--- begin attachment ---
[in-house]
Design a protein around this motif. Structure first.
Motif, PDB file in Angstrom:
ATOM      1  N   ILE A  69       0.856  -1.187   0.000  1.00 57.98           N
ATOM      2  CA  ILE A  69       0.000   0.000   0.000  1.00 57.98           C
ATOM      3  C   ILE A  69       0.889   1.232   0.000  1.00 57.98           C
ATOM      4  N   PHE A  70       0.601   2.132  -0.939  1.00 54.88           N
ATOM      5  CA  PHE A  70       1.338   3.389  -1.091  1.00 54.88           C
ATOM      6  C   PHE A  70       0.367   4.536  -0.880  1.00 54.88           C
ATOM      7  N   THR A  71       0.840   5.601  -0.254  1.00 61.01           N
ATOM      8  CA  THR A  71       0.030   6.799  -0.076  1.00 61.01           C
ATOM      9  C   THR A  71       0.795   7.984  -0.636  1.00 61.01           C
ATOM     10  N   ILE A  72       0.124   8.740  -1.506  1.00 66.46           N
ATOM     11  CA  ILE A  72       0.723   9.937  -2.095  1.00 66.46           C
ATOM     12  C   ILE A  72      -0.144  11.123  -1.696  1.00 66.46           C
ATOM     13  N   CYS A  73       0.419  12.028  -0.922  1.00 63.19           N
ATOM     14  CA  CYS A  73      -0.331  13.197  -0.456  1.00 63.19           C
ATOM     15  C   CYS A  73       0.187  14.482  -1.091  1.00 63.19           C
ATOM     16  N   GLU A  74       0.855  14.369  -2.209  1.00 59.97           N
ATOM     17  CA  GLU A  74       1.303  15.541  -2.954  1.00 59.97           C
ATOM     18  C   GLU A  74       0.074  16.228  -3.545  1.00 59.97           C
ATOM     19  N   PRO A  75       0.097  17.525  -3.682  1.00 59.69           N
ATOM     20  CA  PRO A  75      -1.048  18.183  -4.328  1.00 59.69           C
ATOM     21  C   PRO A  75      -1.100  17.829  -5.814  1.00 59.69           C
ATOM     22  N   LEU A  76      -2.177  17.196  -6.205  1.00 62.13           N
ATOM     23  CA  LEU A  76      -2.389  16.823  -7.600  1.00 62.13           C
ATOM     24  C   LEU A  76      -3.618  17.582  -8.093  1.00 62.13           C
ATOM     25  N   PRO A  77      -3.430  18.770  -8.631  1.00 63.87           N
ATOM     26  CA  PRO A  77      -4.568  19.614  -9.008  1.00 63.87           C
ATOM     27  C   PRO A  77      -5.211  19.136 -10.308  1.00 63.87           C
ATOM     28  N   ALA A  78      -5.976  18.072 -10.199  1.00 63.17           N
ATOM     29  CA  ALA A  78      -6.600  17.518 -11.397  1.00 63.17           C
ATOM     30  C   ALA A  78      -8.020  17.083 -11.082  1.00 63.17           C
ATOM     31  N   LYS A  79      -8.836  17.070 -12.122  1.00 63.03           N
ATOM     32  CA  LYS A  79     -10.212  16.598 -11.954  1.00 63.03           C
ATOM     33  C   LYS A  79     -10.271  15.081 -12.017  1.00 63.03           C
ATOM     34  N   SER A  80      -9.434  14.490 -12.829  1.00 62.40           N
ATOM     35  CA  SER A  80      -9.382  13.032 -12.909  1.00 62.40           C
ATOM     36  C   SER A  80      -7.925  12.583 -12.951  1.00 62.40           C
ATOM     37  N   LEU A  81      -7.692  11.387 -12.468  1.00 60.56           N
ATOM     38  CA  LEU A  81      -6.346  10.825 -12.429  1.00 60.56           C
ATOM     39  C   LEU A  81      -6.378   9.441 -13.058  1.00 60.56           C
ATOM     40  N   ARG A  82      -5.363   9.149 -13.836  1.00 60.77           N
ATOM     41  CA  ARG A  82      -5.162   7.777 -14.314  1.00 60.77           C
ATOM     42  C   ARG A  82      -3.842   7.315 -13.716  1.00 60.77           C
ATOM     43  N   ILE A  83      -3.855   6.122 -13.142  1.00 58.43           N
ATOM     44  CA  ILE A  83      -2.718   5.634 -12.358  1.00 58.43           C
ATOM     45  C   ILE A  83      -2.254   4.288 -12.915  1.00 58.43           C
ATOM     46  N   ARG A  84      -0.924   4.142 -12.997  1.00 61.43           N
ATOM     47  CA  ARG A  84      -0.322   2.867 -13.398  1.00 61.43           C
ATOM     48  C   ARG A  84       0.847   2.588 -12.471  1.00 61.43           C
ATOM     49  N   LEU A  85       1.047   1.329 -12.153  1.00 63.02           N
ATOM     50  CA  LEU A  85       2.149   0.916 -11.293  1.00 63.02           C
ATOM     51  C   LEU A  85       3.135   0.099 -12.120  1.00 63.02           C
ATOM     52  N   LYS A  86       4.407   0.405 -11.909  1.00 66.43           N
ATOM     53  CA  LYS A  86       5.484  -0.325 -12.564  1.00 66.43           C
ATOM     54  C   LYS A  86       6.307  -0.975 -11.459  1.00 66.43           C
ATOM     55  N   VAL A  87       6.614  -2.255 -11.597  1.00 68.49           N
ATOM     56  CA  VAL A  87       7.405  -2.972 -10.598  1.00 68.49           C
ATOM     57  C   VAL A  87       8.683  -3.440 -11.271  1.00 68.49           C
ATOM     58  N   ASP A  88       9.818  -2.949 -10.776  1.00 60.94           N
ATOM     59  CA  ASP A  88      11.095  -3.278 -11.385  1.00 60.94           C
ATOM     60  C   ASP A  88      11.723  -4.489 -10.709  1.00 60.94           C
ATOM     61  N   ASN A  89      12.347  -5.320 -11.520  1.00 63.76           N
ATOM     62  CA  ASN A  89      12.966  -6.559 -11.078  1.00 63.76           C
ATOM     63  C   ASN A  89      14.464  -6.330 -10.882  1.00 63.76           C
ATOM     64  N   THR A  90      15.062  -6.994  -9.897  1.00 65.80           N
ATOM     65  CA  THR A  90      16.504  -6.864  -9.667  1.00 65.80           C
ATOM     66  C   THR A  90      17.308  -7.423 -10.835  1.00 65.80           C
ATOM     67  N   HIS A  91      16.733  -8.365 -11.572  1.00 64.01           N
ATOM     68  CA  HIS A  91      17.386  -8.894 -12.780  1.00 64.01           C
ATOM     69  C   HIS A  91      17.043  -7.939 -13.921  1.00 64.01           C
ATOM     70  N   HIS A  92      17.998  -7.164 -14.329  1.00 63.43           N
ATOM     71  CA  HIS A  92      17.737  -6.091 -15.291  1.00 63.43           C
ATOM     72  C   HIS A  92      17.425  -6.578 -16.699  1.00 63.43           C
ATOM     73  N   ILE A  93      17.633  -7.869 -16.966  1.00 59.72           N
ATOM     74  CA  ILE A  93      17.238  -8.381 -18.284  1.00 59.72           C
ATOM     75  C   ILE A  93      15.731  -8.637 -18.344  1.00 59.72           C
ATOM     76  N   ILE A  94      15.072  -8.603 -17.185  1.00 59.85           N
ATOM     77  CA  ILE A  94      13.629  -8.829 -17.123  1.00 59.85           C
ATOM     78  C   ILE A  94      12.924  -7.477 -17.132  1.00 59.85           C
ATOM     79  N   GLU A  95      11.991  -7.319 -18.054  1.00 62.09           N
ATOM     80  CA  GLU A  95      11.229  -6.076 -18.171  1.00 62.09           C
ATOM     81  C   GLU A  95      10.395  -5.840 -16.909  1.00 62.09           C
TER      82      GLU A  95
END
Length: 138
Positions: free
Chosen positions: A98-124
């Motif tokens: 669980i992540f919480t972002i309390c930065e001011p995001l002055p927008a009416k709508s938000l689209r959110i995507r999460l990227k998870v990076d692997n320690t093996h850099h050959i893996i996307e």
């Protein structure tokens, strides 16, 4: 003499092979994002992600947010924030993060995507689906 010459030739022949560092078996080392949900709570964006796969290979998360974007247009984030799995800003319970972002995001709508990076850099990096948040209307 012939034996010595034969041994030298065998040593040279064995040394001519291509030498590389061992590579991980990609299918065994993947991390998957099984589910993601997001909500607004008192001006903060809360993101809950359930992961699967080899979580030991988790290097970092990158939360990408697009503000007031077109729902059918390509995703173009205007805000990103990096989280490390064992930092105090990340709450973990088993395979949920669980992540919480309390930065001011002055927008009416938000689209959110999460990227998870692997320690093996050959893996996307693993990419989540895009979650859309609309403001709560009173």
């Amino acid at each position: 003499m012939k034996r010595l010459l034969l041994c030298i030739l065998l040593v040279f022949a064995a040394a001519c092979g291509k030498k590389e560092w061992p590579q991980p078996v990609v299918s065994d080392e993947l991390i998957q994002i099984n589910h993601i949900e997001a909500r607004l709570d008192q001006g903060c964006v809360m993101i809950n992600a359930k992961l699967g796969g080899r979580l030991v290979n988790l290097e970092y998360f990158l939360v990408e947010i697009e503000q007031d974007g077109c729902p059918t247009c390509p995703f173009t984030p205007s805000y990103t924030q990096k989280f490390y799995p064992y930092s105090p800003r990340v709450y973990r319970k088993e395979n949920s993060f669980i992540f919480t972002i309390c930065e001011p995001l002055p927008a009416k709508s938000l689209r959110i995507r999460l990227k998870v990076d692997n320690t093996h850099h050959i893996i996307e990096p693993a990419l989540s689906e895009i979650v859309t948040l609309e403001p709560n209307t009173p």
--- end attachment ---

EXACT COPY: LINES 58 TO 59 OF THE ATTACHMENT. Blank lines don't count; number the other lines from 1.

ATOM     55  N   VAL A  87       6.614  -2.255 -11.597  1.00 68.49           N
ATOM     56  CA  VAL A  87       7.405  -2.972 -10.598  1.00 68.49           C